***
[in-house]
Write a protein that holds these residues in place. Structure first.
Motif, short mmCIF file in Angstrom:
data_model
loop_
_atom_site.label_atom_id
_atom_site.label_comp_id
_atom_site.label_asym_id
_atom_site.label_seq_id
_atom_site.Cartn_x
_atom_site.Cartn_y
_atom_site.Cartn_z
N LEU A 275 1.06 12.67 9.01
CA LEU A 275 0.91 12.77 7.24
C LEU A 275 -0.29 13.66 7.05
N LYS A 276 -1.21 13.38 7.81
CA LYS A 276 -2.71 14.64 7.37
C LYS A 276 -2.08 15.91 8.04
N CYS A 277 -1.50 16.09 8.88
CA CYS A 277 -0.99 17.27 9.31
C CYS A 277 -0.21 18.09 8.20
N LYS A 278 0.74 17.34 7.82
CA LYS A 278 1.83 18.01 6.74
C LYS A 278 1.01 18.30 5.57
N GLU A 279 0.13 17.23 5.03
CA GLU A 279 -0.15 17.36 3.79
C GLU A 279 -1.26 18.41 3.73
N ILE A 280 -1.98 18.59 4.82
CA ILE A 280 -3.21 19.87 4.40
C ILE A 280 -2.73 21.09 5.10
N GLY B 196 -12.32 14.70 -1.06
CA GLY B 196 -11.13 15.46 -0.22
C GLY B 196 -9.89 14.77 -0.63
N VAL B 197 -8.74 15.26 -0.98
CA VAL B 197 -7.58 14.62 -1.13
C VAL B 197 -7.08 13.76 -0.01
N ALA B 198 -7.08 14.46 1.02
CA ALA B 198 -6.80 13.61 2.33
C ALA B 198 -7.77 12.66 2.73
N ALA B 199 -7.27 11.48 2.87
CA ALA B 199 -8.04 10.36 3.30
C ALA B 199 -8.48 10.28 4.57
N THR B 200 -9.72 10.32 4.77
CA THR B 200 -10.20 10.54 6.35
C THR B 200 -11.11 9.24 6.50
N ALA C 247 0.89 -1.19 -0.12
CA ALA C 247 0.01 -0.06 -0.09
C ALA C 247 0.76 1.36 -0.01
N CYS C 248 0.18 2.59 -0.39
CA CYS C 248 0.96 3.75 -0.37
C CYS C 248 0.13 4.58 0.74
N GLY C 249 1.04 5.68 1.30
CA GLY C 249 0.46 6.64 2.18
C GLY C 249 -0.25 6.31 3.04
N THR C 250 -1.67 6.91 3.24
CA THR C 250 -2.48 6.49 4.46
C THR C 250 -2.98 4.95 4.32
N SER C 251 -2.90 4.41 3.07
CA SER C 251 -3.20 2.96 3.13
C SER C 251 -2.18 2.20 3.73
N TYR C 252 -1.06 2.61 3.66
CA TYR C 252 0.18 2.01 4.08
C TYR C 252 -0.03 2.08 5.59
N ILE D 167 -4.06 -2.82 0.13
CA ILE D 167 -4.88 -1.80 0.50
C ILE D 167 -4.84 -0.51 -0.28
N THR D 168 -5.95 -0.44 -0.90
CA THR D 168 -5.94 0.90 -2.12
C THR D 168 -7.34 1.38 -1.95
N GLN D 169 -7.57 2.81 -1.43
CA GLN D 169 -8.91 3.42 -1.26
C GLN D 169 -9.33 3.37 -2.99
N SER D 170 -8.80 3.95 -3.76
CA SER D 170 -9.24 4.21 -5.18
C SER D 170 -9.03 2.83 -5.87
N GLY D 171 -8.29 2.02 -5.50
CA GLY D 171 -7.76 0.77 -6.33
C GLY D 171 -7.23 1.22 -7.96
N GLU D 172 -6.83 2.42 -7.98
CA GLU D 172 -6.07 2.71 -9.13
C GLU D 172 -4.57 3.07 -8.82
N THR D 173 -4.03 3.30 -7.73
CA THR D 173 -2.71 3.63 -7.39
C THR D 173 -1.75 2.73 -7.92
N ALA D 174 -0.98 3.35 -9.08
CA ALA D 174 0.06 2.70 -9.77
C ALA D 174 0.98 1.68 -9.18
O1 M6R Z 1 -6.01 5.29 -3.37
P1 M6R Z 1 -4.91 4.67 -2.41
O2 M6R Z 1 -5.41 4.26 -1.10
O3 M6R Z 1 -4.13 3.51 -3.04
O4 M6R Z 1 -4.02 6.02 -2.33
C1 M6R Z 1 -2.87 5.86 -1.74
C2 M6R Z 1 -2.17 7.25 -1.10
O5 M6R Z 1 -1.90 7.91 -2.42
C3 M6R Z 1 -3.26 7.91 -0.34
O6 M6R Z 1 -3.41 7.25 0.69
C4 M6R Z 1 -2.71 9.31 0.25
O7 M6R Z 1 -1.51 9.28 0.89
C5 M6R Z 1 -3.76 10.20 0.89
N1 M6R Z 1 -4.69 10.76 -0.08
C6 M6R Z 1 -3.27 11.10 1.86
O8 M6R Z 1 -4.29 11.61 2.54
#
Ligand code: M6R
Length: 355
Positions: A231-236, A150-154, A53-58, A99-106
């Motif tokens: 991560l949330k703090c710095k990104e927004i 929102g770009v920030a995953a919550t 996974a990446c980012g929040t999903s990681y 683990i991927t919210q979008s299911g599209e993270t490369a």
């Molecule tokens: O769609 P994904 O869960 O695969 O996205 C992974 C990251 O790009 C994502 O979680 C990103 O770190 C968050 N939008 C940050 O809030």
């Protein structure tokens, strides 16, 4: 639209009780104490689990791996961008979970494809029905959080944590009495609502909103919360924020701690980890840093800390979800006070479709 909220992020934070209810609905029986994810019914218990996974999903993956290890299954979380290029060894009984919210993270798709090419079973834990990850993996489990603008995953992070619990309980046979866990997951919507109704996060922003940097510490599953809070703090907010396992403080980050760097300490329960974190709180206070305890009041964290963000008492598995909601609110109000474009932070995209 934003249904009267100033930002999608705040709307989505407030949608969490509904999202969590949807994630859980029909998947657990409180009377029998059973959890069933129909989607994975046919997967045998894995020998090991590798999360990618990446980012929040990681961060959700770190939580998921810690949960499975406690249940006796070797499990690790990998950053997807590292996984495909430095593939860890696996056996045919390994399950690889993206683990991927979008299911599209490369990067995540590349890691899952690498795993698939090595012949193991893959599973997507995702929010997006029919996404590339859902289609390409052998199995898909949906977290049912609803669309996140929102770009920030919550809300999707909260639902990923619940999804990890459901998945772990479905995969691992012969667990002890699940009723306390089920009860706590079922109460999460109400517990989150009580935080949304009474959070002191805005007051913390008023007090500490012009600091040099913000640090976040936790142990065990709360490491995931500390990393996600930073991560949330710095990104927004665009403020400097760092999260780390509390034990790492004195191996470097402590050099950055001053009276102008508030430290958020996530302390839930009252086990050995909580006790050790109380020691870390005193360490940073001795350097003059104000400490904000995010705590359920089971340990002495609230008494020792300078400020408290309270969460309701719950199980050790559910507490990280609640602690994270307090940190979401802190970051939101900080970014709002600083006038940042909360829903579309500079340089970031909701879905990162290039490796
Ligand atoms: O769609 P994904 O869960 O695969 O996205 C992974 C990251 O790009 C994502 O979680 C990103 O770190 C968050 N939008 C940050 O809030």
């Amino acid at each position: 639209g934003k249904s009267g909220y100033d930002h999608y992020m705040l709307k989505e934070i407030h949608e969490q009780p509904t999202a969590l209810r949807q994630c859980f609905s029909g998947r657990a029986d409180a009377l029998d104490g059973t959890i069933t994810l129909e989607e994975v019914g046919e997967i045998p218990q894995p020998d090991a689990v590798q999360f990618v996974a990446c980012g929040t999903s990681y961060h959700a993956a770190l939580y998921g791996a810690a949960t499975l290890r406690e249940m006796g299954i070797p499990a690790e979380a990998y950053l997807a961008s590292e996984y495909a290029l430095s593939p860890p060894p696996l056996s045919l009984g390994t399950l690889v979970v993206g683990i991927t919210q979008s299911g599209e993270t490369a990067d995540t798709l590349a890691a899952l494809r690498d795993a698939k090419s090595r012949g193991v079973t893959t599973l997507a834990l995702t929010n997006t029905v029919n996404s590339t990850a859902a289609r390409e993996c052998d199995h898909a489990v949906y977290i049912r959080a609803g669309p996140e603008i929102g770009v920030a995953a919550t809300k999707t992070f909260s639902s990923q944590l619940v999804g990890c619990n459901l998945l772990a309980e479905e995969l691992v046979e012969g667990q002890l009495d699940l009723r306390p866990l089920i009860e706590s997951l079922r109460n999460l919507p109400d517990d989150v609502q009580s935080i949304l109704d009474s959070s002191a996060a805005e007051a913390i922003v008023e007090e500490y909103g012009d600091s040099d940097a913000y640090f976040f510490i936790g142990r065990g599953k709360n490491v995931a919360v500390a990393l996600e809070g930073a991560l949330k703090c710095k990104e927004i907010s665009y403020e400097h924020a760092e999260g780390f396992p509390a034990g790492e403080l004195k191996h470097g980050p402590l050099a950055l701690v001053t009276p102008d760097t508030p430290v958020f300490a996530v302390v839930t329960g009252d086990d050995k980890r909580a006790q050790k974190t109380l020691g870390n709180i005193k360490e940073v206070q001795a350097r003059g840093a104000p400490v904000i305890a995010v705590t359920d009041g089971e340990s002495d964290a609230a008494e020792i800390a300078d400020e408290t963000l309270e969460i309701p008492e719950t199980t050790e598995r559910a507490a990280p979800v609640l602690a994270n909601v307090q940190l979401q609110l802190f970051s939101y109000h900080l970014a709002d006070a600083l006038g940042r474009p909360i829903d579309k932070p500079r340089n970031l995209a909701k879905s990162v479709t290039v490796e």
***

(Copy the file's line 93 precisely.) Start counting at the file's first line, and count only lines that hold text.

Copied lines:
C1 M6R Z 1 -2.87 5.86 -1.74